The vessel seen here is the Nisshin Maru, an 8000 ton Japanese whaling factory ship.  In view of the immediately preceeding post, I have to stop and wonder how it ever came to be.  In a country that supposedly places a premium on maintaining a strict code of honor, Bushido, the core of the Samurai way of being, here you have a ship that represents the most disgusting and massive hypocrisy that one can imagine.

You see, the "RESEARCH" painted on her side in large white letters is a bold-faced LIE.  It is a cynical dodge that supposedly allows them to kill thousands of whales each year. Due to a loop-hole in the regulations put forward by the International Whaling Commission, any country can take whales for the purpose of scientific research.  Well, the Japanese interpret this to mean that they can kill thousands upon thousands each year, and the meat ends-up, you guessed it, on Japanese sushi plates, even in school lunches and in DOG FOOD.  In all the years that they have been perpetrating this monstrous lie, and are supported by the Japanese government in doing so, only one brief research paper has been written, and it said, basically, that some whales eat fish......ya think?

In the moment pictured above, the Nisshin Maru was churning towards the Sea Shepherd ship, the Farley Mowat, threatening to ram her and turning away only at the last moment. Paul Watson and his merry band of volunteers and shipmates have become a constant thorn in the side of the Japanese whalers as they attempt to go about their bloody harvest. In fact, they have succeeded in preventing the whale pirates from filling their quotas each year, since about 2005.

If you want to see a film documenting the struggle to protect the whales, I highly recommend "A Pirate for the Sea", which came out in 2008.  I must warn you once again, however, that it will infuriate you.  The idea that a country can simply ignore international laws and do what they want in their pursuit of greed is simply one more example of how far we have gone down the road to a society completely bereft of honor.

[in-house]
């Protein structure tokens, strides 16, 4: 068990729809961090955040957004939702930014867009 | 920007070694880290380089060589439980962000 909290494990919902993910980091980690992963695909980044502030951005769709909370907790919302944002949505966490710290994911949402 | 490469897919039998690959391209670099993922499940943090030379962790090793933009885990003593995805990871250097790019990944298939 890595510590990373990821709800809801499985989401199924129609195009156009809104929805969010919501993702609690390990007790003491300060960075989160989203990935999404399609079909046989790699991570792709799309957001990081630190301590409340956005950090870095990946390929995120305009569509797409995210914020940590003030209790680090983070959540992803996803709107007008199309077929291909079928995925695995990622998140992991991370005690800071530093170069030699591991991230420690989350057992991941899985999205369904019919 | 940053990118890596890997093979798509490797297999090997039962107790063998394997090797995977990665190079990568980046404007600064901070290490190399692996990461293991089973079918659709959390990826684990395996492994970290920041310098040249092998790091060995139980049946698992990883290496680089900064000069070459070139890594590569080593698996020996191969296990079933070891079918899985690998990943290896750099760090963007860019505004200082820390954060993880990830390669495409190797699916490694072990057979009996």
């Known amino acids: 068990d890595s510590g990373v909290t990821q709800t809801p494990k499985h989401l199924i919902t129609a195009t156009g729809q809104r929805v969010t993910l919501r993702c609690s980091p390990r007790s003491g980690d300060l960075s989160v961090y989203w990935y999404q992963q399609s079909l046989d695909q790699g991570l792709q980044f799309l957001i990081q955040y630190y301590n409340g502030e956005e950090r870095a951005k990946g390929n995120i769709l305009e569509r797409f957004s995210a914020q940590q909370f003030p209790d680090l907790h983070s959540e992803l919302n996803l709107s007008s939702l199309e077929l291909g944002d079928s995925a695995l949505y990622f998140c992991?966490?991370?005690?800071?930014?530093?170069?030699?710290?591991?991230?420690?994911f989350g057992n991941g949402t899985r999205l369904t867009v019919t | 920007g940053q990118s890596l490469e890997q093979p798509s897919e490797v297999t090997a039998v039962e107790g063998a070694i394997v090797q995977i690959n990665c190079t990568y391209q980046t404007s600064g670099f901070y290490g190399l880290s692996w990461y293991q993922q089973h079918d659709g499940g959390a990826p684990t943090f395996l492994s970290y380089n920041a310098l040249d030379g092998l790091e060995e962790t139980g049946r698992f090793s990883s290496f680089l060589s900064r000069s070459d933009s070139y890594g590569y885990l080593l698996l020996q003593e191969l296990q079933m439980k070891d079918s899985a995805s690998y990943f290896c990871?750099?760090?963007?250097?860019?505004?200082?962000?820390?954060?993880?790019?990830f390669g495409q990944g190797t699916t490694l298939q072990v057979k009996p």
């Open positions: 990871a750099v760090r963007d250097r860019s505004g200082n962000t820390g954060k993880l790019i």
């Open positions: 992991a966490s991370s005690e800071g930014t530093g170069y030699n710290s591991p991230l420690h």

BTW: www.seasheperd.org  They could use your help if you care to give it.  The whales would appreciate it.

What is art....Japanese Sword Guards

The age of the Samurai ended formally in 1868, but the code of the Samurai, Bushido, and the spirit of that path has never really left for some Japanese.  During that time the art of sword-making and all the attendant accessories was elevated to an astonishing level. Some would claim that it was never equalled in any other culture, but I suggest that they visit some museums and look at the swords and sword fittings that came out of Europe, especially Toledo in Spain, during the centuries in which the sword was the primary weapon of that culture. 

Where the Japanese craftsmen excelled in terms of sheer creativity was in the making of Tsuba, the more or less circular guards that were fitted onto the blade to keep the users hand back on the handle and to fend off possible blows by the opponent's blade.  Seen here are two examples that give you just the merest hint of what they were capable of.

I once saw a photo of a Tsuba that was in a Sotheby's auction catalog.  It was called, "The Foxes' Wedding", and the base metal was a dark brown patinated copper. Along one side, arranged in a descending curve was a series of inlays.  They were done in Shakudo, which is a copper and gold alloy that patinates to a rich dark purple-black, and it was a procession of little animals, all dressed in Samurai armor and kimono, making their way through the dark....holding little lanterns aloft.  The lanterns were tiny 24kt gold beads. 

I was so entranced by this that I studied it at some length.  The scope of the creator's imagination, the attention to detail and the perfection of craftsmanship were all simply astonishing to me. If you seek out images of Tsuba, using, of course, your ol' buddy, Google, you will find an almost endless collection of possibilities, and I believe you will ultimately agree with my own sense that this is yet one more form of truly FINE ART.